Welcome to our new blogger, Katie Godfrey, the powerhouse behind the KG brand, who single-handedly built her empire from a single salon bought aged 19 as a school leaver with no qualifications, to a chain of salons, a UK-wide beauty training academy, an eyelash product range and a salon coaching business.
Katie left school at 13 after being bullied, but this only made her more determined to succeed in life. Her Bedfordshire beauty salon became a go-to destination and after being named Eyelash Technician of the Year in 2014, Katie started to rack up the awards winning 15 to date, and securing press coverage nationally including the likes of OK and Hello, as well as pampering various celebrities.
Now you’re as likely to find her judging awards as winning them – she’s co-owner of the “World Lash University” conference & awards which is partnered with “The Lash Games” at Olympia Beauty, and has her own podcast, “The Life Of KG”, aimed at those in the hair and beauty space but also relatable to anyone in business.
Going on to own a chain of franchise salons, Katie then sold these to focus on education, aiming to raise standards across salons and within the industry. She launched KG Professional, a beauty training academy which now has branches in Bedfordshire, Southampton, Gloucestershire, Derbyshire, Milton Keynes, Sussex and Essex, and an eyelash product range. Within 6 months of launch, the eyelash range was selling into 500 salons and is now sold globally. Katie was one of the first trainers in the UK to teach Russian Volume Lashes, flying to New York to learn and then bring the techniques back.
In addition to maintaining the salon and pro businesses, Katie is a dedicated business mentor and looks after over 35 salons. She started this side business 3 years ago after being inundated by businesses coming to her for help as a result of her success story – she offers 1-2-1 and group mentoring sessions, and aims to launch the first comprehensive online business course for the hair and beauty industry imminently. She talks regularly at colleges and events about her story and is passionate about motivating others to build their careers. She is one of the authors of number 1 best-selling book, ‘Extraordinary Women’, and co-owner of “Salon Franchise,” a consultancy company in the hair & beauty industry.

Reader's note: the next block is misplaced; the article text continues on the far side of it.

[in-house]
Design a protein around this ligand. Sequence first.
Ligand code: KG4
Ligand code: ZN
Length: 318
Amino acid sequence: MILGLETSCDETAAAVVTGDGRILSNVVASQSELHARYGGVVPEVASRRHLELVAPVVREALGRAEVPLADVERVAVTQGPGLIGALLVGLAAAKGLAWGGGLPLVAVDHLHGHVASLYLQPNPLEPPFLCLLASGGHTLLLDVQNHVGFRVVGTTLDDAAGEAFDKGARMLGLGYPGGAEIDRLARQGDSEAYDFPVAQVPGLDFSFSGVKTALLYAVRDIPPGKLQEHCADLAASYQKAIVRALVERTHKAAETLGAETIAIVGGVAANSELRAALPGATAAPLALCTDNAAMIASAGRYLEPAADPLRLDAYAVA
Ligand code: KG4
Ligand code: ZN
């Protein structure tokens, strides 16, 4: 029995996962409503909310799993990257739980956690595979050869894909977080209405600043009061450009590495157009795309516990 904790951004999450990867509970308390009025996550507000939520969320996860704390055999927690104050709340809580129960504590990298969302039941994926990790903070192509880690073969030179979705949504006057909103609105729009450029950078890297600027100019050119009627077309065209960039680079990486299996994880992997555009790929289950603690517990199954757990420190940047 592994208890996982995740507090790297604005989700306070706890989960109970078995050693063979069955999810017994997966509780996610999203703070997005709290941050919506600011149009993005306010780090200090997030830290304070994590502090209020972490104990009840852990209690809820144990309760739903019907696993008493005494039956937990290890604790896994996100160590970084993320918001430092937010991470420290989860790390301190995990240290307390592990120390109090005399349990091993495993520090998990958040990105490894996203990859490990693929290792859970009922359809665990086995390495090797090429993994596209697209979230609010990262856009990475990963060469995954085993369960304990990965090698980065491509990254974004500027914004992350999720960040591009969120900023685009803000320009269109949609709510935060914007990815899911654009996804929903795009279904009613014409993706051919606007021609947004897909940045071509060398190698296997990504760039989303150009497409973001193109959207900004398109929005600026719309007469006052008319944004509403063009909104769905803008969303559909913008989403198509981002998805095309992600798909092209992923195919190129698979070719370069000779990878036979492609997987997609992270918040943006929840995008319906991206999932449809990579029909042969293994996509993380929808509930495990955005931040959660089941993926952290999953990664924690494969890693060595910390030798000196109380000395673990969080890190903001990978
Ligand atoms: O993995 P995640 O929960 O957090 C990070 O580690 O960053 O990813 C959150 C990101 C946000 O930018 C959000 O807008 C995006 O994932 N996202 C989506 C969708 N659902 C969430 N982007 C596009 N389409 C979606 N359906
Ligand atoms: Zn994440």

We quizzed Katie on the effect the pandemic has had on the beauty sector and her top tips for bouncing back…
How do you think the pandemic has affected the future of the beauty sector?
I think that the pandemic has and will continue to affect the industry in many ways. There will be a huge rush to get back into the salons but because most clients will get in within the first few weeks, I’d anticipate a lull between them coming back. This is where you want to make sure you’re still marketing for new business to fill any gaps you might gain. There are also people who are still worried about the pandemic and might wait a while to have their beauty treatments again. But I do believe there’s going to be an industry boom once everything has settled down and big things are coming to the industry.
How has it affected staff and clients?